There’s something about the activity that’s reminiscent of Bernie Kraus’s Great Animal Orchestra and its account of the origins of music in the natural environment. It’s sound-friendly, with a kind of pure musicality, relaxed in a way that’s in sharp contrast to the inbuilt theatricality of much conduction, that can sometimes feel like Canetti’s notorious description (in Crowds and Power) of the 19th century conductor, but further drained of all musical rigor.
I’m restricting my comments here to just a few of these groups and releases. It’s one of the difficult aspects of coming to terms with this music that there’s just so much of it and that it’s so rich, given the frequency with which Rodrigues convenes these orchestras and the quality of their music.

The VGO is the mother of all Rodrigues’ larger projects. In 2007, he released Stills, the three-CD set of the group that occupies a special place, CS100, in the Creative Sources catalogue. It was already a sprawling ensemble, rich in winds, percussion and electronics, taking in a broad swath of the Lisbon musical community. At the time it included musicians like electronic improviser Raphael Toral, local free jazz pioneer Sei Miguel, Brazilian saxophonist Alipio C Neto and the young pianist Rodrigo Pinheiro who would soon distinguish himself in Red Trio.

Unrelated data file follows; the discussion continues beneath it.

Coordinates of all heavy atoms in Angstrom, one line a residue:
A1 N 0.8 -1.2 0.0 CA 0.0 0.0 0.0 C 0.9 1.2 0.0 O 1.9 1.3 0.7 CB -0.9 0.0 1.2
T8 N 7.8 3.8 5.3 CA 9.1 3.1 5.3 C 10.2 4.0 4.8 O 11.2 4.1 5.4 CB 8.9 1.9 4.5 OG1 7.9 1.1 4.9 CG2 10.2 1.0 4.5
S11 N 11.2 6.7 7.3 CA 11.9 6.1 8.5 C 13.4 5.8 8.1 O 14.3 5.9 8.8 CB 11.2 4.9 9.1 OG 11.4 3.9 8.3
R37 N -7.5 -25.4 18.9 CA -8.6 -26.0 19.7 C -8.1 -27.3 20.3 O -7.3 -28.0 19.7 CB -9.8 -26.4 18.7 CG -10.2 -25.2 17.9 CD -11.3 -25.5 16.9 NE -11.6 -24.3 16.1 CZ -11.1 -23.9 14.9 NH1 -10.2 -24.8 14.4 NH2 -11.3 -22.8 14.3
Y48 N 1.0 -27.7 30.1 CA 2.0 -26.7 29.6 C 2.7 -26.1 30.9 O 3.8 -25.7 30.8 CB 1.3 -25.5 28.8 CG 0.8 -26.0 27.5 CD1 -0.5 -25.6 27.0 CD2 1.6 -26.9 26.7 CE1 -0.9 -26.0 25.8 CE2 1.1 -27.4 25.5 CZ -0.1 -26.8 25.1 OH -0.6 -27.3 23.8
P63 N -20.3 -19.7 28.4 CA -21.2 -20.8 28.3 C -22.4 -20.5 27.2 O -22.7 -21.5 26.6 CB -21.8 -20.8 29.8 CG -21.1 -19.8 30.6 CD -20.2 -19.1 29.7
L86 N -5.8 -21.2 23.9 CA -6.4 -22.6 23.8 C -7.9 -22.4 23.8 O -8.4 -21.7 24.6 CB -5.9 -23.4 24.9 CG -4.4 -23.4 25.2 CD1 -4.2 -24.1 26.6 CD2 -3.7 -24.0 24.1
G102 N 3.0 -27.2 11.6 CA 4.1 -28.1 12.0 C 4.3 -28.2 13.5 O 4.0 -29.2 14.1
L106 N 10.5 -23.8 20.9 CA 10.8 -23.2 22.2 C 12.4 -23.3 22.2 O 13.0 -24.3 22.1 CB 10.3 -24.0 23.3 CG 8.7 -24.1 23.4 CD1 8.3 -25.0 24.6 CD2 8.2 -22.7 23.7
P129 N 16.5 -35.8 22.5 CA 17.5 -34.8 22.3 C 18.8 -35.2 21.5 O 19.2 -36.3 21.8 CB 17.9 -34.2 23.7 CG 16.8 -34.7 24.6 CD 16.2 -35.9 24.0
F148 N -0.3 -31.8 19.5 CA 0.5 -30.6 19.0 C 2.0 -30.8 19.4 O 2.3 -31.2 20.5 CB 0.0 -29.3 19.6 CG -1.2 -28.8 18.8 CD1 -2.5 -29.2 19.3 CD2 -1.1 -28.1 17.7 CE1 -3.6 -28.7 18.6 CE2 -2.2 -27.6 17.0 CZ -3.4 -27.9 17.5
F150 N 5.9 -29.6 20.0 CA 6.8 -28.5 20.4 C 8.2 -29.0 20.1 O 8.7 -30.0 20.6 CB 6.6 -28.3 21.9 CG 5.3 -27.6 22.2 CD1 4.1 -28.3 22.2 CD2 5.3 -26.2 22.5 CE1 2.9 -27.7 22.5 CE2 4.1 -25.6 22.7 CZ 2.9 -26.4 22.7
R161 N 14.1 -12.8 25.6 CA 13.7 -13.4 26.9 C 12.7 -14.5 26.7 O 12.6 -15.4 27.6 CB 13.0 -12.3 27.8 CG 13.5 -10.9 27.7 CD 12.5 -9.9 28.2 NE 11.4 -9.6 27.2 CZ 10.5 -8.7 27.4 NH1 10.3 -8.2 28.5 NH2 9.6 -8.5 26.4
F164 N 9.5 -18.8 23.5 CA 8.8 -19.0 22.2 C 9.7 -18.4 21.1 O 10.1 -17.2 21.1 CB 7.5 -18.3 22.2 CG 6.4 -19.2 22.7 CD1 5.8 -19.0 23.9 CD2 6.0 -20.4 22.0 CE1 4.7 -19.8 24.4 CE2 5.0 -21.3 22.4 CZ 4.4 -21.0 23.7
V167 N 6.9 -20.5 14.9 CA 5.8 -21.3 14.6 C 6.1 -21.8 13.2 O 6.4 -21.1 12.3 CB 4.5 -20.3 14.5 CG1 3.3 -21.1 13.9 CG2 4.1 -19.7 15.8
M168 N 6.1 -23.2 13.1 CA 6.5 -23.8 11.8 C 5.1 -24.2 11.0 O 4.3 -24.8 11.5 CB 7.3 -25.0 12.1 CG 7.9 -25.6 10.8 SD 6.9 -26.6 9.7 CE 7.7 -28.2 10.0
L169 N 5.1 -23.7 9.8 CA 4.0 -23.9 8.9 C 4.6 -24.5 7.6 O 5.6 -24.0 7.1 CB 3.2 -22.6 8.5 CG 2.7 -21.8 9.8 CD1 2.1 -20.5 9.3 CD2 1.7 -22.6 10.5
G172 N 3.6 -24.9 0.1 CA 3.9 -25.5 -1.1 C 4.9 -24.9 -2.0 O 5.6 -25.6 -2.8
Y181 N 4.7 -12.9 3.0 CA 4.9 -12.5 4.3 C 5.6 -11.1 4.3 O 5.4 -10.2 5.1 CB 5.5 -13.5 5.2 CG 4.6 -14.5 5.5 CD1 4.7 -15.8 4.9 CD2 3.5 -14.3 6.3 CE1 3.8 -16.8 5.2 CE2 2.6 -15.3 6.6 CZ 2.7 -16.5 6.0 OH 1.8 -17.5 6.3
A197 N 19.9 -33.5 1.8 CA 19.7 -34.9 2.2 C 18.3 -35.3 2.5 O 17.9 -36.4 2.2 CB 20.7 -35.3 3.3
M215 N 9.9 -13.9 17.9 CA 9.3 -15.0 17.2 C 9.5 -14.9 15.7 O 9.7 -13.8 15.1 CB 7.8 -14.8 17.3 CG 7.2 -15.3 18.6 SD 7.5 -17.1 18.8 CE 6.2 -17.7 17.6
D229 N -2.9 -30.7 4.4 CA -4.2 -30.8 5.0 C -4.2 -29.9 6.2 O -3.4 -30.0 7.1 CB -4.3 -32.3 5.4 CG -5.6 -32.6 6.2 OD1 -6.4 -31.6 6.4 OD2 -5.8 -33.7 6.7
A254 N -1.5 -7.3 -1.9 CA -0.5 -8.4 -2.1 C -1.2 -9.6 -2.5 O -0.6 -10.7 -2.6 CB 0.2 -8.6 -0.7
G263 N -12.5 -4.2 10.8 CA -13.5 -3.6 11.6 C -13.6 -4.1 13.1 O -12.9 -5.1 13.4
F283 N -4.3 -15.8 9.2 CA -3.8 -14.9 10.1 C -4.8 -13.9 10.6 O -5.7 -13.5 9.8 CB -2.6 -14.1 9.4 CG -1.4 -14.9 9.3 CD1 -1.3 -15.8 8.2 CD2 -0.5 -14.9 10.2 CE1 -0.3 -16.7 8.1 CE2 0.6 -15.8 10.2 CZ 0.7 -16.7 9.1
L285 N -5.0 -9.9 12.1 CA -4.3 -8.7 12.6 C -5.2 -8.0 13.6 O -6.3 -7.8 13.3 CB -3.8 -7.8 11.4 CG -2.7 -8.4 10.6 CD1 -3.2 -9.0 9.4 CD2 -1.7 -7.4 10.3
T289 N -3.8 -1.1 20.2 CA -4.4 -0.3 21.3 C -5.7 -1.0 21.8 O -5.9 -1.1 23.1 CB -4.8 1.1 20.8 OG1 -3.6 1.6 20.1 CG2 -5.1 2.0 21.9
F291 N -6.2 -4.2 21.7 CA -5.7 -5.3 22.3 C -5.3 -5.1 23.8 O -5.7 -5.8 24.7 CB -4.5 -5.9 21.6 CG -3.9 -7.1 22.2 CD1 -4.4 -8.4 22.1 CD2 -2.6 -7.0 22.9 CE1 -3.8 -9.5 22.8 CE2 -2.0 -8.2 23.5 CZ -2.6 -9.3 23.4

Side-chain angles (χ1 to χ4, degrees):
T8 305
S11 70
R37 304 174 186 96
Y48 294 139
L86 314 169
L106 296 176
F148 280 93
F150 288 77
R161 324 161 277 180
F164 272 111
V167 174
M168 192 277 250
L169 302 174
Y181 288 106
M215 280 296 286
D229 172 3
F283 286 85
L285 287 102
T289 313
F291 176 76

Through the years, numerous musicians have passed through the large ensembles, but there’s a core of musicians who frequently appear. Central to the project is the electronic musician Carlos Santos, who in addition to playing acts as recording and mixing engineer, and who is further responsible for Creative Sources cover designs. Others who appear frequently include alto saxophonist Nuno Torres, trombonist Eduardo Chagas and guitarist Abdul Moimême.
Rodrigues is highly articulate about the dynamics and contraries that inform the various ensembles, and the recent proliferation of mid-size ensembles (anywhere from roughly eight to 18 musicians) has given the VGO an increasingly distinct identity in terms of its large forces. It’s also distinguished by the significant role of conduction, but even here Rodrigues’ bandleading is of the gentlest, most productive, least theatrical sort. Here’s his description of the group and how he conceptualizes conduction: